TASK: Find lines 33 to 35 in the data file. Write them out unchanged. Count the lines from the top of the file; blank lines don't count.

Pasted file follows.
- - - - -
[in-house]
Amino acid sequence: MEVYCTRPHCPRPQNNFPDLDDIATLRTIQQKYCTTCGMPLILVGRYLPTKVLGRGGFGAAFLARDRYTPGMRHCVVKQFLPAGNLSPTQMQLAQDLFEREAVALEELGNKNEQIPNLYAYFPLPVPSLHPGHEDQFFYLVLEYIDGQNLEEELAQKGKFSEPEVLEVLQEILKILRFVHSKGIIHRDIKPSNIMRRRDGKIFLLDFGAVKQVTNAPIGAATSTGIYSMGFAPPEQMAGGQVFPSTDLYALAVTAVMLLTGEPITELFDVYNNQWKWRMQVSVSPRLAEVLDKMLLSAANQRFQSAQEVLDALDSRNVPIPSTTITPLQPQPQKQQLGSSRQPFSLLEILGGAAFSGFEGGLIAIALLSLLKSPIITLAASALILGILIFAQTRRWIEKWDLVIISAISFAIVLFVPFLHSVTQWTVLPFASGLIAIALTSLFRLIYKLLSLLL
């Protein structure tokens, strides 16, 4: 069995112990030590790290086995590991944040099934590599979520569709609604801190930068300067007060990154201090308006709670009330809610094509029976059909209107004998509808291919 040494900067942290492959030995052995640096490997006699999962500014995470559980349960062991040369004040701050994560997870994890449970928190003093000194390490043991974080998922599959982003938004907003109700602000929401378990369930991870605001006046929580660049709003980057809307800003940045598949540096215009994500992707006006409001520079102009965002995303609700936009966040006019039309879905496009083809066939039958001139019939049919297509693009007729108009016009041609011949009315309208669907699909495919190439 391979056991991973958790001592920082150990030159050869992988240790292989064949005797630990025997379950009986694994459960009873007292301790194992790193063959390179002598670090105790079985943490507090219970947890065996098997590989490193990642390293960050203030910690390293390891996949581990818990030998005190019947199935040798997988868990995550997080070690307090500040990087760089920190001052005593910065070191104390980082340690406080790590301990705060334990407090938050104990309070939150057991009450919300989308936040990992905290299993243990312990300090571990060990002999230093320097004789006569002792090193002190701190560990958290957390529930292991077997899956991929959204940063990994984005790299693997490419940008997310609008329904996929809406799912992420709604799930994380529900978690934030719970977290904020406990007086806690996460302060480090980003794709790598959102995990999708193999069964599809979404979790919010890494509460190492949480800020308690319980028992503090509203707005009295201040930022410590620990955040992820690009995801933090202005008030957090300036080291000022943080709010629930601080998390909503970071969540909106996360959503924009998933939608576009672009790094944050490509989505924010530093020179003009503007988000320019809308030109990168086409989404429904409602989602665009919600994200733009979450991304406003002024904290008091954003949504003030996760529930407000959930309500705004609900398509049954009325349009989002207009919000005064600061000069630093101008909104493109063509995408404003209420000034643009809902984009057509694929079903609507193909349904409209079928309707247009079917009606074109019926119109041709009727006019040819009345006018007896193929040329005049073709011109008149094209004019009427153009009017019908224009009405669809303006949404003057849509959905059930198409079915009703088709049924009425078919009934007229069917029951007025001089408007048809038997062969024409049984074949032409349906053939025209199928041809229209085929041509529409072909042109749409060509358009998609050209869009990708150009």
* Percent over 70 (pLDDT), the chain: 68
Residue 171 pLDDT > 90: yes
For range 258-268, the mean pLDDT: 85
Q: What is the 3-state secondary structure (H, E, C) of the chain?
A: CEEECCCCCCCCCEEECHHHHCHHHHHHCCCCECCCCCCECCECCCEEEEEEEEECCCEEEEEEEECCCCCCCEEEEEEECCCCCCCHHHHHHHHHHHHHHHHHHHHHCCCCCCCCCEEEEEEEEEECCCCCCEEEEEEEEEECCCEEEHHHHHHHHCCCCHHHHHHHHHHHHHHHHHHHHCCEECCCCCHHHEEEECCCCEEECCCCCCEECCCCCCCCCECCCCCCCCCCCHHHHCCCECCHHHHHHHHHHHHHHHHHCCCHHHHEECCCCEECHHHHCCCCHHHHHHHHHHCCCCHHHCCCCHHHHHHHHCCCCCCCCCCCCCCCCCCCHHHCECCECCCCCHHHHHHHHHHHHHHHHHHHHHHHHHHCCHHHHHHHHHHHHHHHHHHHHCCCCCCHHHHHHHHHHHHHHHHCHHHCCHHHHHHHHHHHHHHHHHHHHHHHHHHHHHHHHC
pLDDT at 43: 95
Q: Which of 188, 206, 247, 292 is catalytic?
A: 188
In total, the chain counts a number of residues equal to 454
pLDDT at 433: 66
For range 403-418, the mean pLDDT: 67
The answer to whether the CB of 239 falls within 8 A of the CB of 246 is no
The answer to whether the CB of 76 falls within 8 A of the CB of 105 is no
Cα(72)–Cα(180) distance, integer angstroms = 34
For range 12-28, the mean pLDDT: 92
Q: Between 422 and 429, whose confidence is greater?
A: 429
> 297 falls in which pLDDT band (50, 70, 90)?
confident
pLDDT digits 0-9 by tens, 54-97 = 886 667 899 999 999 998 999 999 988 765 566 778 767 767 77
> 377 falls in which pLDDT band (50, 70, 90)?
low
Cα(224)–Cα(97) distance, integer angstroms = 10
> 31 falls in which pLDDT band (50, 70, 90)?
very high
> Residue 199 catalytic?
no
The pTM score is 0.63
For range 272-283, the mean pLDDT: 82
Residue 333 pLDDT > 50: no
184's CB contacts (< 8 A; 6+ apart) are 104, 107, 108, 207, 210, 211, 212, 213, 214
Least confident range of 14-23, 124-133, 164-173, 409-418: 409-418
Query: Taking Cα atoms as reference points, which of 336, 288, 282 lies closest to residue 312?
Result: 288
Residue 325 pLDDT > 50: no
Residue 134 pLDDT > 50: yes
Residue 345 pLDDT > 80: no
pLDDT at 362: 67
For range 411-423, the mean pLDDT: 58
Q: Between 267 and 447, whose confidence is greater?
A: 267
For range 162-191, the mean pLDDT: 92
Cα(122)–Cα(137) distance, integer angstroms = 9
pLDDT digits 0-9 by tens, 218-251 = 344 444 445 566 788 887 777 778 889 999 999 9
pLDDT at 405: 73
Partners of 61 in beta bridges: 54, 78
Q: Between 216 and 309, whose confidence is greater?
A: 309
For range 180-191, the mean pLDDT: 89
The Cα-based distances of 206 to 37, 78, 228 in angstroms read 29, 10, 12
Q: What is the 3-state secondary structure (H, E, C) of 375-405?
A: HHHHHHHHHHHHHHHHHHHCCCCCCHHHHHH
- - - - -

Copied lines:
Residue 333 pLDDT > 50: no
184's CB contacts (< 8 A; 6+ apart) are 104, 107, 108, 207, 210, 211, 212, 213, 214
Least confident range of 14-23, 124-133, 164-173, 409-418: 409-418